- NuvaRing: the NuvaRing is a vaginal ring you insert into your vagina yourself or with the help of someone else. You insert it, wear it for three weeks, take it out for one week, then insert a new one and repeat the process. The NuvaRing is 91% to 99.7% effective at preventing pregnancy. It would be best to think about several risks before you decide to use the NuvaRing when you have an SCI. First, this contraceptive also increases the risk of blood clots. So, due to the increased risk of blood clots resulting from your SCI, this is a significant risk to consider. Second, you may be at an increased risk of incorrect placement due to your SCI. If you have limited sensation, you may not feel whether the positioning of the ring is correct. Additionally, if you need someone’s help to insert the ring, they may not know whether they positioned it correctly, especially if you cannot tell them. Incorrect placement may increase the risk of infection, cause irritation, and may result in mild to severe autonomic dysreflexia.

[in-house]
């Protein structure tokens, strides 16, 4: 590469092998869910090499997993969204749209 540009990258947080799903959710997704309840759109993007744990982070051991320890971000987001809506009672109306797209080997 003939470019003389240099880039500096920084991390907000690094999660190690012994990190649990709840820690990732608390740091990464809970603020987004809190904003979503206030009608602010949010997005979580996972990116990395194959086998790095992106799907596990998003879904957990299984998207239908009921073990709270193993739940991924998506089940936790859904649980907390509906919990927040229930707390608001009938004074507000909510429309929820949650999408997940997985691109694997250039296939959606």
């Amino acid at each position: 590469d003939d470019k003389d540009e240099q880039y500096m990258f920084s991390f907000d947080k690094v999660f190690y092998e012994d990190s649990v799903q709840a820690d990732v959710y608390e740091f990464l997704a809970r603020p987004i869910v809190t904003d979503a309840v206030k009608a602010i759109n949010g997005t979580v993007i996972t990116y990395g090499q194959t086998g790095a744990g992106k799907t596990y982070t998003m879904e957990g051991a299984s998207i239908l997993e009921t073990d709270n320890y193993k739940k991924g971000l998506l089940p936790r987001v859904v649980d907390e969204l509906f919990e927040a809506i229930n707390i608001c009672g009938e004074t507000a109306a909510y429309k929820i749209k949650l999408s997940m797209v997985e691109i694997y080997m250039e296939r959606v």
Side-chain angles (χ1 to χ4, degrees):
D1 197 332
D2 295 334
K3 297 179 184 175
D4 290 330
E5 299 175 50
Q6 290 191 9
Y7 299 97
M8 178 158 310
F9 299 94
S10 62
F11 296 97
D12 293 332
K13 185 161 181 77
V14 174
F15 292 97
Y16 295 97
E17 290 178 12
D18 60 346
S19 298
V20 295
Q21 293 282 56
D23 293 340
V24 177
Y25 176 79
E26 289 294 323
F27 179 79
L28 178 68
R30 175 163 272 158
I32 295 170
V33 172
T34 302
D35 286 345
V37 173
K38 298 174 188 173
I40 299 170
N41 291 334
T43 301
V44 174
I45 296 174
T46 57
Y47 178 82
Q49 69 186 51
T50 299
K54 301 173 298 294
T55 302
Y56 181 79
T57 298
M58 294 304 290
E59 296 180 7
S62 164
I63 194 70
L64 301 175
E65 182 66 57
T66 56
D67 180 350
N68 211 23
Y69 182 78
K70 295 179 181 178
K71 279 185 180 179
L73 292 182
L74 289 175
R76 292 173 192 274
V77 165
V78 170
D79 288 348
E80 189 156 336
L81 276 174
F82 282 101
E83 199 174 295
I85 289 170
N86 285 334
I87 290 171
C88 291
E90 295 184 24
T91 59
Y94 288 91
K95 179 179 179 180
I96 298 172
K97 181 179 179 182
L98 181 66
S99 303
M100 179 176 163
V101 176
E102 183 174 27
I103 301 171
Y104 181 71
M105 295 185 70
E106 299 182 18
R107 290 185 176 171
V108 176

- Intrauterine devices (IUDs): IUDs are plastic or copper T-shaped devices implanted into your uterus by a doctor. They stay implanted anywhere from three to ten years, depending on the device. They also need to be removed by a doctor. Some deliver female hormones and others do not. IUDs are typically over 99% effective in preventing pregnancy. Depending on the type of IUD, they may impact your menstrual cycle. IUDs increase your risk of experiencing pelvic inflammatory disease (in other words, an infection of female reproductive organs) more so than the other birth control methods on the market. Additionally, your risk of this disease increases when you are sexually active with multiple partners. An SCI may impact your ability to notice any pain due to a growing infection or if the IUD becomes displaced. As well, you could begin to experience mild to severe autonomic dysreflexia due to infection or displacement of the device. A small tear (perforation) is possible in rare cases, but you may not notice if you have limited sensation, which can be extremely dangerous. Also, you may experience a negative reaction to the hormones if you choose the hormonal IUD. Therefore, it is important to consider these concerns if you are interested in getting an IUD after experiencing an SCI.